Whether you’ve been in business for just a few years or a decade, there comes a time when your business might need a helping hand. The small business financing industry has grown immensely over the past few years, giving business owners and entrepreneurs multiple financing options. Financing options range in size and requirements depending on whether your business needs working capital or you need to replace equipment. Before you begin any financing application, make sure you’re prepared to take this massive step with the help of this guide to small business financing.
Lendr created a Guide to Small Business Financing
Life doesn’t always follow a strict plan, and sometimes you need a helping hand. The small business financing industry has increased over the past years, and entrepreneurs have multiple types of business financing options available to choose from. Whether businesses are looking for working capital, replacing equipment, or paying their bills, there are various options at an owner’s disposal.
Applying for financing is a huge benchmark for many small enterprises, but before you begin, the application process takes time to review your company thoroughly. Loans can be stressful, plain, and straightforward. If you’re prepared from the beginning and do your due diligence, you can reduce your stress dramatically and emerge a wiser business owner.
Does my business truly need financing, and what is the best option for my company at its current growth stage?
If you decide your business needs additional financing, make sure you’re aware of and understand all the options available for your business. Then, take a moment to ask yourself this: does my business truly need financing, and what is the best choice for my company at its current stage of growth?
It’s also important to recognize the difference between traditional and alternative business financing. Traditional lenders are risk-averse and base your loan decisions on your credit score, cash flow, and payment history. The application process also takes several weeks before funds are made available. On the other hand, alternative forms of funding, like merchant cash advances, have quick turnaround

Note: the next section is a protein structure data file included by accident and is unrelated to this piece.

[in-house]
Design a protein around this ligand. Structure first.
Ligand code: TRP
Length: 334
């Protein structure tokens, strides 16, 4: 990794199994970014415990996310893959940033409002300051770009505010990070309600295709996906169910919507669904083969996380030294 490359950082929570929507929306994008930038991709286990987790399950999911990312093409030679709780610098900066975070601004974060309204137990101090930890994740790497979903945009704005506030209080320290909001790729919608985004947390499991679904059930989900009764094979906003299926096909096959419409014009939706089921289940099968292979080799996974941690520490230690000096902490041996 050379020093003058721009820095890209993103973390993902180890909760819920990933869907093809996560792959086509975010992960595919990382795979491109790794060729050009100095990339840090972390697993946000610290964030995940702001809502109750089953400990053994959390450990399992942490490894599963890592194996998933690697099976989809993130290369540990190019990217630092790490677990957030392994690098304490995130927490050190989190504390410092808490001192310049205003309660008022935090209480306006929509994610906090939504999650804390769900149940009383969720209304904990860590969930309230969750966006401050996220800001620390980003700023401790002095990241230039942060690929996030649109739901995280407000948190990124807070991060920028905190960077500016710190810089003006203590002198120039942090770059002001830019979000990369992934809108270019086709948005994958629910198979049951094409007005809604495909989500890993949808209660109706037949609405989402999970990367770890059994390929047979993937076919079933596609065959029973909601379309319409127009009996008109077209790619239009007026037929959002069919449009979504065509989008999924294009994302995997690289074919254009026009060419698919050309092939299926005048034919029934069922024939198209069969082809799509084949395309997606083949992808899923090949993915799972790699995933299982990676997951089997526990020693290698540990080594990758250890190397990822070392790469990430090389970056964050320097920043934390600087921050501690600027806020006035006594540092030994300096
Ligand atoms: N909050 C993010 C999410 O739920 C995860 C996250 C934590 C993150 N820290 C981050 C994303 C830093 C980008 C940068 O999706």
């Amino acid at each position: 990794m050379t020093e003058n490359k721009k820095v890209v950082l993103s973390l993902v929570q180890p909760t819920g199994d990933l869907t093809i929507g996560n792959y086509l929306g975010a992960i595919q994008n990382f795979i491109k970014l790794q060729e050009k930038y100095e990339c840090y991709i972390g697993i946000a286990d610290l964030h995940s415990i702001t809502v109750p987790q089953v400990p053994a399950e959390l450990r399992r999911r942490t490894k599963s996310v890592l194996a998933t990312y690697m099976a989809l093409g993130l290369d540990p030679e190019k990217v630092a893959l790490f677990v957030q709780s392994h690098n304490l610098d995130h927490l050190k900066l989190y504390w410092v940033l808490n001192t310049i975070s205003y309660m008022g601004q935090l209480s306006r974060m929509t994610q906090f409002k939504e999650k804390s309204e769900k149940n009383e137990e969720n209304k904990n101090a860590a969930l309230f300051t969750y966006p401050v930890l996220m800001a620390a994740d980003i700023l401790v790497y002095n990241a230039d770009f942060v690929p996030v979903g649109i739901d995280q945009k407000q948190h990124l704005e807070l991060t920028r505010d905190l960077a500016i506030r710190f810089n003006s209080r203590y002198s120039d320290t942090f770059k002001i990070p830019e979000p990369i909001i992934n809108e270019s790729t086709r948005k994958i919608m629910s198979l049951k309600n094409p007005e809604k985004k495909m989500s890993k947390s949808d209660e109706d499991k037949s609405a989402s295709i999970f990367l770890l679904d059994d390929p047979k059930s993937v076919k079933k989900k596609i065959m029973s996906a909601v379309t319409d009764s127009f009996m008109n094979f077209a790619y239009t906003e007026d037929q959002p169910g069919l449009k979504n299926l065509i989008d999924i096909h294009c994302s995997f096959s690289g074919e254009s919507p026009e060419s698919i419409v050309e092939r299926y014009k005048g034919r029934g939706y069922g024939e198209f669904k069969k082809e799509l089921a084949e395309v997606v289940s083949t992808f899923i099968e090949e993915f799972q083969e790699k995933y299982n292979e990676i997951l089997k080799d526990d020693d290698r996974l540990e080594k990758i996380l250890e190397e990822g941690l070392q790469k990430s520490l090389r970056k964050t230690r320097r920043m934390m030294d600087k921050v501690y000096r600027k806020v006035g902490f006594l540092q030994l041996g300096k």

times and assume most of the risk. Whichever funding options you choose to pursue, make sure you understand the pros and cons of each, so you know what to expect and what is most appropriate for your business.
Traditional vs. Alternative Funding Options
You need to keep in mind two big things if you choose a traditional funding option: understand your credit and know your use case. When it comes to determining small business loans, credit is king and will strongly affect whether a lender or bank decides to work with you.
Start by separating your business and personal finances to give yourself a chance at building your small business credit history. It might be tempting to mix the two, but the trouble with overlapping finances is it can be difficult to distinguish between the two
when it’s time to file taxes. To maintain a healthy credit score, consider the following tips:
Planning For a Traditional Loan
For your business and personal reports, double-check to make sure there are no mistakes that could negatively impact your credit score. If you do spot an error, report it immediately. You can request your credit reports for free on Experian and Credit Karma sites.
Check For Errors in Your Report
If you owe federal or state tax liens, get started on a payment plan or try to pay off the entire lien. But, first, pay off at least the monthly minimum on your credit cards and take care of any late payments. Any late payments will stay on your credit report until it’s been successfully taken care of.
Clean Up Late Payments and Tax Liens